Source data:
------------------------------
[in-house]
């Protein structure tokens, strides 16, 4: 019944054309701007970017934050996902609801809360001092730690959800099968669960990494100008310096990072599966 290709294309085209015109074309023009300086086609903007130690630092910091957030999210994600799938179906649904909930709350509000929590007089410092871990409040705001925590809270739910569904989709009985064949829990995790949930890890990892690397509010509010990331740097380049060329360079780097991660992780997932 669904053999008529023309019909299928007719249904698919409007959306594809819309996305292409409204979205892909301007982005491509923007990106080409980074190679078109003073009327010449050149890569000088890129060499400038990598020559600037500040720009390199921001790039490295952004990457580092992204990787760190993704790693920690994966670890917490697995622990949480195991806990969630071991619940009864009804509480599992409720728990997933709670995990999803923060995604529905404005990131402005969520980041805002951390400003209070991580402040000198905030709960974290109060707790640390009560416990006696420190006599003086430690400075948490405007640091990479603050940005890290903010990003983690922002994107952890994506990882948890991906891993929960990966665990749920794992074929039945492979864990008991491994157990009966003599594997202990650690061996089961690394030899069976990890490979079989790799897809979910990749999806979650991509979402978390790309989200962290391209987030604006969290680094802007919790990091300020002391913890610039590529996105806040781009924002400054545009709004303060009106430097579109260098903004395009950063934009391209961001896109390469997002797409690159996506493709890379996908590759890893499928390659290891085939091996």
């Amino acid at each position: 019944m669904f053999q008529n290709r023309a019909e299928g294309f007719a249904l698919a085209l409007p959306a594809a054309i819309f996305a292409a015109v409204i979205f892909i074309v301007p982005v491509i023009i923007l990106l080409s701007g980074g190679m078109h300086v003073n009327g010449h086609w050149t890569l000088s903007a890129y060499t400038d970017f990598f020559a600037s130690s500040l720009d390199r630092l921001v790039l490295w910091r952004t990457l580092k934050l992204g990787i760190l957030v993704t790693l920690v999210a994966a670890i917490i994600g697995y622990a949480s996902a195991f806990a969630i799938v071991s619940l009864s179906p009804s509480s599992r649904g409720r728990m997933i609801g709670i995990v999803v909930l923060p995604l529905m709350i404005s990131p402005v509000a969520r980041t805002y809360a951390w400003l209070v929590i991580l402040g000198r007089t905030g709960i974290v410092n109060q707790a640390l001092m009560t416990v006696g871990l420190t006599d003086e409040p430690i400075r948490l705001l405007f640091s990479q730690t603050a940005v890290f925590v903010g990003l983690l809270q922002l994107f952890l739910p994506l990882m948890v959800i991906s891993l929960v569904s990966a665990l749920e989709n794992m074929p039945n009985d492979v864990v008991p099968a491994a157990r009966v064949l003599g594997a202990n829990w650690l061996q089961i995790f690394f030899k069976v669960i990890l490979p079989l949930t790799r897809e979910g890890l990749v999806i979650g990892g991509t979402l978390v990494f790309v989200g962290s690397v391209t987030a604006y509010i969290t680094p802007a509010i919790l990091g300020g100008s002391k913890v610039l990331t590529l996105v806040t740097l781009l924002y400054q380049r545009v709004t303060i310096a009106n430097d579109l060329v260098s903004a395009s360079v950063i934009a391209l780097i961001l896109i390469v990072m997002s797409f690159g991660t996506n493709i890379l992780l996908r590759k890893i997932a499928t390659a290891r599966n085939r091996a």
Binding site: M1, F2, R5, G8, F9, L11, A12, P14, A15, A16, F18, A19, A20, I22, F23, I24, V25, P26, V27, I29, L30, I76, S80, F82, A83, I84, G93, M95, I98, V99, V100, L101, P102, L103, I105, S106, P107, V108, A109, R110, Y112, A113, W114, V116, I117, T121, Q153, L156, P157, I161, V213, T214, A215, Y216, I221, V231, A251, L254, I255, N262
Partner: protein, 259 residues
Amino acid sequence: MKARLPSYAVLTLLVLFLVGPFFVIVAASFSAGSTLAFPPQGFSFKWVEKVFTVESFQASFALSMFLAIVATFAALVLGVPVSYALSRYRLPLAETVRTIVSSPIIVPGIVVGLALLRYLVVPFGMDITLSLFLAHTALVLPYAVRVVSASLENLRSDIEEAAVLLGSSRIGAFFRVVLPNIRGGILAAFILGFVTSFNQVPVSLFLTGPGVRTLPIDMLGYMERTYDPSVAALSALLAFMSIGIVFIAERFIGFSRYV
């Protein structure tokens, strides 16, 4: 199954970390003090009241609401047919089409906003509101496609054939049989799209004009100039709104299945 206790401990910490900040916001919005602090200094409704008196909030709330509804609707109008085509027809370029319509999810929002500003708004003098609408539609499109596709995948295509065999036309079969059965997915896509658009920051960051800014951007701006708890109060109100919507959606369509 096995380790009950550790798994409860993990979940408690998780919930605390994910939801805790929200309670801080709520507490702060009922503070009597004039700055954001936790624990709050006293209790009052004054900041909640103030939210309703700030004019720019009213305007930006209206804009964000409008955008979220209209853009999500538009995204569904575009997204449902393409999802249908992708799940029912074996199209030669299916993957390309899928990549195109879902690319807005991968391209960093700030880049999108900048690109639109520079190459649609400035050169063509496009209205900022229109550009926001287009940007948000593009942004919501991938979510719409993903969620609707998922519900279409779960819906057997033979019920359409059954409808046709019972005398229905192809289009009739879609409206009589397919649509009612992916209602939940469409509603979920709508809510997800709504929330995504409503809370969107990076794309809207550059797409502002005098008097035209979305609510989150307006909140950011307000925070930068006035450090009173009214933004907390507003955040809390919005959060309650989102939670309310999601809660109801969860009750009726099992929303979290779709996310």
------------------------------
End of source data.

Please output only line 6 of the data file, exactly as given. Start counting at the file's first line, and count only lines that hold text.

Amino acid sequence: MKARLPSYAVLTLLVLFLVGPFFVIVAASFSAGSTLAFPPQGFSFKWVEKVFTVESFQASFALSMFLAIVATFAALVLGVPVSYALSRYRLPLAETVRTIVSSPIIVPGIVVGLALLRYLVVPFGMDITLSLFLAHTALVLPYAVRVVSASLENLRSDIEEAAVLLGSSRIGAFFRVVLPNIRGGILAAFILGFVTSFNQVPVSLFLTGPGVRTLPIDMLGYMERTYDPSVAALSALLAFMSIGIVFIAERFIGFSRYV